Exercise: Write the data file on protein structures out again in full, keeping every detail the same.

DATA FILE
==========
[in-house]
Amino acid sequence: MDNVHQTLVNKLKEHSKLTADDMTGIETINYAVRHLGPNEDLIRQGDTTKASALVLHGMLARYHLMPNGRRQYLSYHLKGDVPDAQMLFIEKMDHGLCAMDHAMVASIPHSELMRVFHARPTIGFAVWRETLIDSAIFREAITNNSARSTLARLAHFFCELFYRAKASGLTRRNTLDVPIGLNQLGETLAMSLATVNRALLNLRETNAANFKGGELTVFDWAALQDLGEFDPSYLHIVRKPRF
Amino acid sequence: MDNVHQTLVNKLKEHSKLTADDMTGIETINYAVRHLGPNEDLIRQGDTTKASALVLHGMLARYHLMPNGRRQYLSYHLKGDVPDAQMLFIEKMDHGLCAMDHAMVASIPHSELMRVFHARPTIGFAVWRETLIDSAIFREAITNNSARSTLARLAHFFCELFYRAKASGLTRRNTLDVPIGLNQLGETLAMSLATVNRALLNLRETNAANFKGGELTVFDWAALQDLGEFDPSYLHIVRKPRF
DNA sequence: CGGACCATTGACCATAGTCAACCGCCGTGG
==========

[in-house]
Amino acid sequence: MDNVHQTLVNKLKEHSKLTADDMTGIETINYAVRHLGPNEDLIRQGDTTKASALVLHGMLARYHLMPNGRRQYLSYHLKGDVPDAQMLFIEKMDHGLCAMDHAMVASIPHSELMRVFHARPTIGFAVWRETLIDSAIFREAITNNSARSTLARLAHFFCELFYRAKASGLTRRNTLDVPIGLNQLGETLAMSLATVNRALLNLRETNAANFKGGELTVFDWAALQDLGEFDPSYLHIVRKPRF
Amino acid sequence: MDNVHQTLVNKLKEHSKLTADDMTGIETINYAVRHLGPNEDLIRQGDTTKASALVLHGMLARYHLMPNGRRQYLSYHLKGDVPDAQMLFIEKMDHGLCAMDHAMVASIPHSELMRVFHARPTIGFAVWRETLIDSAIFREAITNNSARSTLARLAHFFCELFYRAKASGLTRRNTLDVPIGLNQLGETLAMSLATVNRALLNLRETNAANFKGGELTVFDWAALQDLGEFDPSYLHIVRKPRF
DNA sequence: CGGACCATTGACCATAGTCAACCGCCGTGG